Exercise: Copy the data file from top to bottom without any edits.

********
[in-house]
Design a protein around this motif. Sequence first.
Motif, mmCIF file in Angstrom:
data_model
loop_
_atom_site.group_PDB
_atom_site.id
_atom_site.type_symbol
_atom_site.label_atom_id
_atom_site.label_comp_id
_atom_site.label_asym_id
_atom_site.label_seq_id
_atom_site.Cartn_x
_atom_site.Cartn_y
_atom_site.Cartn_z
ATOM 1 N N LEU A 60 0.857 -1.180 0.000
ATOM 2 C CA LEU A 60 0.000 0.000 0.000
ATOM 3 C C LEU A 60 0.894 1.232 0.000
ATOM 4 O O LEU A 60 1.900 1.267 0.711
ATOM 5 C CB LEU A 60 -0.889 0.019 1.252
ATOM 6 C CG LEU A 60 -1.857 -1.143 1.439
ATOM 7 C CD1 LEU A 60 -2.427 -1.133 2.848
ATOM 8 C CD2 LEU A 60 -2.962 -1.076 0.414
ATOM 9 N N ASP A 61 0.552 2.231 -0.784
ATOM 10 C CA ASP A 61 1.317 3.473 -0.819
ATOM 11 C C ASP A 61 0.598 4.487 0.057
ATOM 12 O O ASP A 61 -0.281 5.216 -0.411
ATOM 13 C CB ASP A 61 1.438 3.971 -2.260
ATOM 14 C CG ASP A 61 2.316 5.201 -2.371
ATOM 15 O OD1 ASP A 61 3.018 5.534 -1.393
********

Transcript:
[in-house]
Design a protein around this motif. Sequence first.
Motif, mmCIF file in Angstrom:
data_model
loop_
_atom_site.group_PDB
_atom_site.id
_atom_site.type_symbol
_atom_site.label_atom_id
_atom_site.label_comp_id
_atom_site.label_asym_id
_atom_site.label_seq_id
_atom_site.Cartn_x
_atom_site.Cartn_y
_atom_site.Cartn_z
ATOM 1 N N LEU A 60 0.857 -1.180 0.000
ATOM 2 C CA LEU A 60 0.000 0.000 0.000
ATOM 3 C C LEU A 60 0.894 1.232 0.000
ATOM 4 O O LEU A 60 1.900 1.267 0.711
ATOM 5 C CB LEU A 60 -0.889 0.019 1.252
ATOM 6 C CG LEU A 60 -1.857 -1.143 1.439
ATOM 7 C CD1 LEU A 60 -2.427 -1.133 2.848
ATOM 8 C CD2 LEU A 60 -2.962 -1.076 0.414
ATOM 9 N N ASP A 61 0.552 2.231 -0.784
ATOM 10 C CA ASP A 61 1.317 3.473 -0.819
ATOM 11 C C ASP A 61 0.598 4.487 0.057
ATOM 12 O O ASP A 61 -0.281 5.216 -0.411
ATOM 13 C CB ASP A 61 1.438 3.971 -2.260
ATOM 14 C CG ASP A 61 2.316 5.201 -2.371
ATOM 15 O OD1 ASP A 61 3.018 5.534 -1.393